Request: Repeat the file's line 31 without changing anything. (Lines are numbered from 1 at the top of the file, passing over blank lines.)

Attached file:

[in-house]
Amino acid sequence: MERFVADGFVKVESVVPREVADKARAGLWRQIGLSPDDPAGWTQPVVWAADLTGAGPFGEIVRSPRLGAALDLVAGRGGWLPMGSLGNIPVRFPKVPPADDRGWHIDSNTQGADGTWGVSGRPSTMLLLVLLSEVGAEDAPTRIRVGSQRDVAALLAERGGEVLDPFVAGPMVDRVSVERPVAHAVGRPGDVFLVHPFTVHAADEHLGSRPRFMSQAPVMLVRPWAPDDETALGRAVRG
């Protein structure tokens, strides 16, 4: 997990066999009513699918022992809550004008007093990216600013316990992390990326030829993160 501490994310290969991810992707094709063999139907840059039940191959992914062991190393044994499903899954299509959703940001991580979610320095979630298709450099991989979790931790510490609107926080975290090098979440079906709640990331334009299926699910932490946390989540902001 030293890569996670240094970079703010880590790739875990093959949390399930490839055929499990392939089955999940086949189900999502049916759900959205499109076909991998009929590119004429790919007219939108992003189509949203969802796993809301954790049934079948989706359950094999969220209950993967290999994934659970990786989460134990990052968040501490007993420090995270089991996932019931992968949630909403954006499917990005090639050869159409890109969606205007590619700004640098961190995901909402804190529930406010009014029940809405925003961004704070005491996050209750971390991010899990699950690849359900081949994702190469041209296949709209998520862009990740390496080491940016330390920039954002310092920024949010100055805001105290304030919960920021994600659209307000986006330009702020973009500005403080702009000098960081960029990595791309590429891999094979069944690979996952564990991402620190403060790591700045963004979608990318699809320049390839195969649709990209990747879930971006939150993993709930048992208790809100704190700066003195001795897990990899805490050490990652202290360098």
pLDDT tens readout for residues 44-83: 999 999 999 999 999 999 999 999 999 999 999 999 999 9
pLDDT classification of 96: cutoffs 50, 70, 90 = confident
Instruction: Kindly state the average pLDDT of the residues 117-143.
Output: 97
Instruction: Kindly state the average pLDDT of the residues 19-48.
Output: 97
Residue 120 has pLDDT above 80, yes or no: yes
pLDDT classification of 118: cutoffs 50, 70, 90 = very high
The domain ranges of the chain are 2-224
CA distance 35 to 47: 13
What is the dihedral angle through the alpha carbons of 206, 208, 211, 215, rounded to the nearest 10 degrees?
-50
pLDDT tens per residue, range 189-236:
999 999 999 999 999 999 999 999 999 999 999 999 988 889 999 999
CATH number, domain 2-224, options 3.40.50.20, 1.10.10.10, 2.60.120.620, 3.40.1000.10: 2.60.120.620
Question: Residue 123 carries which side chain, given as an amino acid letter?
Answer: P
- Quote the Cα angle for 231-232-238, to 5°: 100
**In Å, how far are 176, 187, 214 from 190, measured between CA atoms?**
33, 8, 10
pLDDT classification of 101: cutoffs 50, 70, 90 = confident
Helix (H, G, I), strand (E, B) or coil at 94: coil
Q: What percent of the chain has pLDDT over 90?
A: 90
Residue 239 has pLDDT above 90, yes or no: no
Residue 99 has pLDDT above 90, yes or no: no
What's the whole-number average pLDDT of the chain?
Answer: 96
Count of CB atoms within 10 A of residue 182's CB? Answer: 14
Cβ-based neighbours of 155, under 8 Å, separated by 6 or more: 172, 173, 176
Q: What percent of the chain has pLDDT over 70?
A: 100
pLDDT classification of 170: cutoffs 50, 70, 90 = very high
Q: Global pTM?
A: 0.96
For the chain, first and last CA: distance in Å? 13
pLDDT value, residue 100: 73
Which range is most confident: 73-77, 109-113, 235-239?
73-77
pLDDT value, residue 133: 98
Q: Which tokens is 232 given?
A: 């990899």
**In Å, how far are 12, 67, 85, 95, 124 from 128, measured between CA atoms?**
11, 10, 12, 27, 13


Answer: 96